1. Not correct says

    Interest rates on residential mortgages, Fannie and Freddy loans, are based on mortgage backed securities…not the 10 year treasury. This common myth is very misleading. The goverment is buys mortgage bonds but they are currently buying deep in the 5% and 5.5% coupon so that they will be reimbursed when those loans are repaid (when people refi). Rates will not get to 3.5%…mid 4’s may be reachable if the Fed buys the 4.5% coupon, which they should…the author of this article is dead wrong.

  2. Bill Zielinski says

    Traditionally, 30 year fixed rate mortgages have been priced about 1.5% above the 10 year yield, which is why many look at the 10 year as a rough guide to mortgage rates.
    With chaos in the credit markets, tradition doesn’t mean very much anymore and the 30 year has recently been priced around 2% above the 10 year, and had been 2.5% higher in the recent past. There are no perfect models out there for pricing mortgages, especially now with government involvement in mortgages.
    Time will tell if we reach 3.5%. After the events of the past 2 years in the credit markets, flexible minds would consider anything possible.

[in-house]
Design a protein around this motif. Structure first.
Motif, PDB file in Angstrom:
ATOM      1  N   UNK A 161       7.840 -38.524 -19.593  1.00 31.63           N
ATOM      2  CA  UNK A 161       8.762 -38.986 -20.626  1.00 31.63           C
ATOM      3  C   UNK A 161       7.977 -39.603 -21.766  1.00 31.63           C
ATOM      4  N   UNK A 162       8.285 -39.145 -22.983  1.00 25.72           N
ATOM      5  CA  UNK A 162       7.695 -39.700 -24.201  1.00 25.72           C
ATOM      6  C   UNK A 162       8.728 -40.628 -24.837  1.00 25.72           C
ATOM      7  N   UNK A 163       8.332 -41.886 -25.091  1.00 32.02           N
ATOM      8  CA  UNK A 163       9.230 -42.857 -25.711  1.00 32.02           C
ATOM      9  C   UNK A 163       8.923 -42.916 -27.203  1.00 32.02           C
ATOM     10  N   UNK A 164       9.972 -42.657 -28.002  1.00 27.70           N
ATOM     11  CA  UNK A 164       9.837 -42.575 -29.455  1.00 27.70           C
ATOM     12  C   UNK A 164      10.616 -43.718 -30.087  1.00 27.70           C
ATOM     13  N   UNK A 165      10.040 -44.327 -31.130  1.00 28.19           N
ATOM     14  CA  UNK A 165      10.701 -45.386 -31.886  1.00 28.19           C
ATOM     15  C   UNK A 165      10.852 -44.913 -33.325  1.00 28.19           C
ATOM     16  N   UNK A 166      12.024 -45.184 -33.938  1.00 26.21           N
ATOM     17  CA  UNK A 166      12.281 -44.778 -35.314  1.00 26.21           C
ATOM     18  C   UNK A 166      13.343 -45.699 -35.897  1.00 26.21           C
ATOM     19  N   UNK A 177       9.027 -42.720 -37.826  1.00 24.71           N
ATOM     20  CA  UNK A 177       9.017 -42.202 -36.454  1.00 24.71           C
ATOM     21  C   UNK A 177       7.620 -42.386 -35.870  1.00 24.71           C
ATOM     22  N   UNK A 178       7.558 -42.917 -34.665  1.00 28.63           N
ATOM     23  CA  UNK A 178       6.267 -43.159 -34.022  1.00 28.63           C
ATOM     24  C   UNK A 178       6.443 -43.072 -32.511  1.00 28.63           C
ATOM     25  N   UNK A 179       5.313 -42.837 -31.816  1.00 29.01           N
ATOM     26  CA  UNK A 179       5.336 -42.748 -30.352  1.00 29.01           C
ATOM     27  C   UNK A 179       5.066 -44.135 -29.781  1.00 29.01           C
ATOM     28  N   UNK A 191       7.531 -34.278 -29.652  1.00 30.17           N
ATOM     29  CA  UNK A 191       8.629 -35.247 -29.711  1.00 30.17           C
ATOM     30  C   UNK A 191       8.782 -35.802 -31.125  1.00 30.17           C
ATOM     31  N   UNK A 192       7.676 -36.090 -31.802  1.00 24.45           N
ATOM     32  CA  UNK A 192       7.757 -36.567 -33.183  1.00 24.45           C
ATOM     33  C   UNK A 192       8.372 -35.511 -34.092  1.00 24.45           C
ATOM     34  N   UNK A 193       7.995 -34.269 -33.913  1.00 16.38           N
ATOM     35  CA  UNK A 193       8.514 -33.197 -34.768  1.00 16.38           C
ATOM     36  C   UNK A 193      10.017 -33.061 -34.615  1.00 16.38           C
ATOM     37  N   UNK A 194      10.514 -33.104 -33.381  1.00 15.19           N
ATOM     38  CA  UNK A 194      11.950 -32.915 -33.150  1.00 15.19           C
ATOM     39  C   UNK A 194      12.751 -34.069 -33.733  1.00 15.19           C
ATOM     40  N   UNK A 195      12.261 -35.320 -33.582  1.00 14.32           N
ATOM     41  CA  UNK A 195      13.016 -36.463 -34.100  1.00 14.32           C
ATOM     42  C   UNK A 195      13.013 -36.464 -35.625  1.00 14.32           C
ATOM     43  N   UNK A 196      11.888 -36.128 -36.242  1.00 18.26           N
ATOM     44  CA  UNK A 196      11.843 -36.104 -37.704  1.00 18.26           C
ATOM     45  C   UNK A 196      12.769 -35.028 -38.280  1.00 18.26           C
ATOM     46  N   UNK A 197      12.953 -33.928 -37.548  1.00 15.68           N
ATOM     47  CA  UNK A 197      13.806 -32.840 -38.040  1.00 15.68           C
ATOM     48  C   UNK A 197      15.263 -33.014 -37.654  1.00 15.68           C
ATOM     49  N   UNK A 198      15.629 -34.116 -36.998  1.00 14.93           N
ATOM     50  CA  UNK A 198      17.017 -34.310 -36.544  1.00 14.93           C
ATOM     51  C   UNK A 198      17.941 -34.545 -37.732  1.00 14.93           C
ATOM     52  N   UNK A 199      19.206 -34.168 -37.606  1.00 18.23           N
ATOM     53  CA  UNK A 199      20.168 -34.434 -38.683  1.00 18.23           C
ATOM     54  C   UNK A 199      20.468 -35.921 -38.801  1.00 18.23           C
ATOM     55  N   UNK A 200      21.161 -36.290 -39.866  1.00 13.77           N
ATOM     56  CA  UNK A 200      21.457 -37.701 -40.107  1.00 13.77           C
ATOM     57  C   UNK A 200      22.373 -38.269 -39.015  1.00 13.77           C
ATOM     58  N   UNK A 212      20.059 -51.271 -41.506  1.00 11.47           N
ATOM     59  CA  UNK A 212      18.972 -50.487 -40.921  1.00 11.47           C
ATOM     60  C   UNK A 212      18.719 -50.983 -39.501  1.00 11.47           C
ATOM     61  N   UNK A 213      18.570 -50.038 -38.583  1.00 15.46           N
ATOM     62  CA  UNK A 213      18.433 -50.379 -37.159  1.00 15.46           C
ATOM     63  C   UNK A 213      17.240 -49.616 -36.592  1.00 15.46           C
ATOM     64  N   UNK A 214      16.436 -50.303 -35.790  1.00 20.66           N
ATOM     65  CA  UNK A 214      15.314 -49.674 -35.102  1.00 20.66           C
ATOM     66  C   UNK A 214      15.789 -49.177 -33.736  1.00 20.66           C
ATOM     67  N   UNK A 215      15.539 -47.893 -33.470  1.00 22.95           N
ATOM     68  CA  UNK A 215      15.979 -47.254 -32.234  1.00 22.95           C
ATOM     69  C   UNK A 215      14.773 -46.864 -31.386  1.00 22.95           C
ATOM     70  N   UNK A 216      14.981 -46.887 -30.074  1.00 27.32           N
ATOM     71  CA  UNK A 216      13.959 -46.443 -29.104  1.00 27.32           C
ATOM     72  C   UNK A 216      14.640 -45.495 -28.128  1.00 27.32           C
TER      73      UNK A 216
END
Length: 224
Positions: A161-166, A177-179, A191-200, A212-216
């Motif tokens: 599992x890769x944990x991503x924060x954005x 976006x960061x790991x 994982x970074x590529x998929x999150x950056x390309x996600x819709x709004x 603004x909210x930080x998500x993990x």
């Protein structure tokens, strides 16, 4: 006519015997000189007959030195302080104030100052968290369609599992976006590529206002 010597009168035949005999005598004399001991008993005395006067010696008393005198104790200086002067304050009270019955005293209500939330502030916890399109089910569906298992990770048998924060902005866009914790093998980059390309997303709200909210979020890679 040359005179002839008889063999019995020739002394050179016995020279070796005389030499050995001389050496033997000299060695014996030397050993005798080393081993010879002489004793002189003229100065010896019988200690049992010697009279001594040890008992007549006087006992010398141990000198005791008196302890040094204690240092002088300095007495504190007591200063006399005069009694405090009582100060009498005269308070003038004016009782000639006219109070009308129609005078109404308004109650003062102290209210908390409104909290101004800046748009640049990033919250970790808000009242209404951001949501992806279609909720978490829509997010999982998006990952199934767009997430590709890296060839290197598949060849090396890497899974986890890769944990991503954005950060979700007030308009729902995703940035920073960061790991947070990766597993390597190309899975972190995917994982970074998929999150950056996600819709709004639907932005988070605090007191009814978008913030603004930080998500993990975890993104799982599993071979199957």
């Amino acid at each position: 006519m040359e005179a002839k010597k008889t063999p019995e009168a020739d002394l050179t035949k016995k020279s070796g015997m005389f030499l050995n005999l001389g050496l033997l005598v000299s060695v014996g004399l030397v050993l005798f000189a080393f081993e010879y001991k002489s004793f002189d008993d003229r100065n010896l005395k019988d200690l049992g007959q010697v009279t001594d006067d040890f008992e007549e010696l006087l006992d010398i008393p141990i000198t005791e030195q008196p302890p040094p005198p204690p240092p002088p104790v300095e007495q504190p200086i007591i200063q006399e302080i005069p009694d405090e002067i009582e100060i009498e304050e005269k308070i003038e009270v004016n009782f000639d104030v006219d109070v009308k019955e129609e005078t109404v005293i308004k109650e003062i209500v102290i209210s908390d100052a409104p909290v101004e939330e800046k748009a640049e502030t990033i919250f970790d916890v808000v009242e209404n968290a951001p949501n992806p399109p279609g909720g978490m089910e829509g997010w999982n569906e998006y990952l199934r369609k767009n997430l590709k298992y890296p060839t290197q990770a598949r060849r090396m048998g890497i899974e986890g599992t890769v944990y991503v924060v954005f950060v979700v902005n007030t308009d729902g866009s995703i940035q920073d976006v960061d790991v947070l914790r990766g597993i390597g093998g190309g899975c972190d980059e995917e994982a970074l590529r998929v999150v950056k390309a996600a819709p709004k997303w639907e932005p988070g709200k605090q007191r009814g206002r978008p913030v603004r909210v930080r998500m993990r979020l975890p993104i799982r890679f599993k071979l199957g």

3. I agree with “Not Correct”. The notion that mortgages will drop below 4.0% is wrong. Those of us originating loans know better than to rely on the 10 year Treasury for interest rate movement. There is another huge factor not being consider here that is keeping rates on 30 year conforming loans near 5.0 at Par. The pipelines at many mortgage banks are clogged as lower rates have increased applications while front and back office staffs were slashed last year. So what are the mortgage banks doing …keeping rates a bit higher to slow down new business until the clog passes. We see increases in turn times and challenges getting our escrows closed within 30 days.

    That’s reality!

  4. Bill Zielinski says

    The Fed is obsessed with lowering mortgage rates in order to prop up housing prices and increase consumer disposable income. The banks are jammed up, but don’t forget the Government has a large amount of influence/control over the banks due to their partial ownership and TARP loans.
    The Fed has committed $1.25 trillion to purchasing mortgage bonds and no doubt will commit more if necessary.

    As explained in Bloomberg, “The Fed is trying to lower rates by reducing the supply of outstanding mortgage bonds, boosting their price and lowering yields. That would allow banks to reduce the rates on new mortgages and still sell mortgage securities at a profit.”
    Although I think the Fed’s actions are reckless and long term counter productive, the amount of money they are committing here could artificially drive mortgage rates much lower.

  5. then you are in the right place right now.

  6. 3.75% was reached. They raised rates to 4.0% and another decline in apps.3.5% is an excellent move to entice every person in america to get a home loan! Trust me. It’s our ticket out of this debt crisis.

  7. 3.5% the other day!